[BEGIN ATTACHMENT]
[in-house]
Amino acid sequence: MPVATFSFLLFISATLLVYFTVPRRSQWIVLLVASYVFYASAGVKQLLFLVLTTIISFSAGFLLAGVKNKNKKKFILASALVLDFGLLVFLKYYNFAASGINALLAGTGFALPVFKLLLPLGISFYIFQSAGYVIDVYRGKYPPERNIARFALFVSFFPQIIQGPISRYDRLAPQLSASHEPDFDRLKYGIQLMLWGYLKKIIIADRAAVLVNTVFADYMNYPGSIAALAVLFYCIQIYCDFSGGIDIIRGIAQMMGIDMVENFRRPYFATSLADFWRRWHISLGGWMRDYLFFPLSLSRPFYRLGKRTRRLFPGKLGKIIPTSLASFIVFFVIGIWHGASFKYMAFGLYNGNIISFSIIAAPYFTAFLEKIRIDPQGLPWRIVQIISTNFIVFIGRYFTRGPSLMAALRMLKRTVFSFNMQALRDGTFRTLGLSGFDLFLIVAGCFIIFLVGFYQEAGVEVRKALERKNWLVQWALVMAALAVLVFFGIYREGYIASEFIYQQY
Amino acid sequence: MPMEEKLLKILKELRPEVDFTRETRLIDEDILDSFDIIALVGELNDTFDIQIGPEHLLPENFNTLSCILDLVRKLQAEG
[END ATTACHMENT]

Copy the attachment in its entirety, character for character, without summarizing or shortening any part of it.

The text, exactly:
[in-house]
Amino acid sequence: MPVATFSFLLFISATLLVYFTVPRRSQWIVLLVASYVFYASAGVKQLLFLVLTTIISFSAGFLLAGVKNKNKKKFILASALVLDFGLLVFLKYYNFAASGINALLAGTGFALPVFKLLLPLGISFYIFQSAGYVIDVYRGKYPPERNIARFALFVSFFPQIIQGPISRYDRLAPQLSASHEPDFDRLKYGIQLMLWGYLKKIIIADRAAVLVNTVFADYMNYPGSIAALAVLFYCIQIYCDFSGGIDIIRGIAQMMGIDMVENFRRPYFATSLADFWRRWHISLGGWMRDYLFFPLSLSRPFYRLGKRTRRLFPGKLGKIIPTSLASFIVFFVIGIWHGASFKYMAFGLYNGNIISFSIIAAPYFTAFLEKIRIDPQGLPWRIVQIISTNFIVFIGRYFTRGPSLMAALRMLKRTVFSFNMQALRDGTFRTLGLSGFDLFLIVAGCFIIFLVGFYQEAGVEVRKALERKNWLVQWALVMAALAVLVFFGIYREGYIASEFIYQQY
Amino acid sequence: MPMEEKLLKILKELRPEVDFTRETRLIDEDILDSFDIIALVGELNDTFDIQIGPEHLLPENFNTLSCILDLVRKLQAEG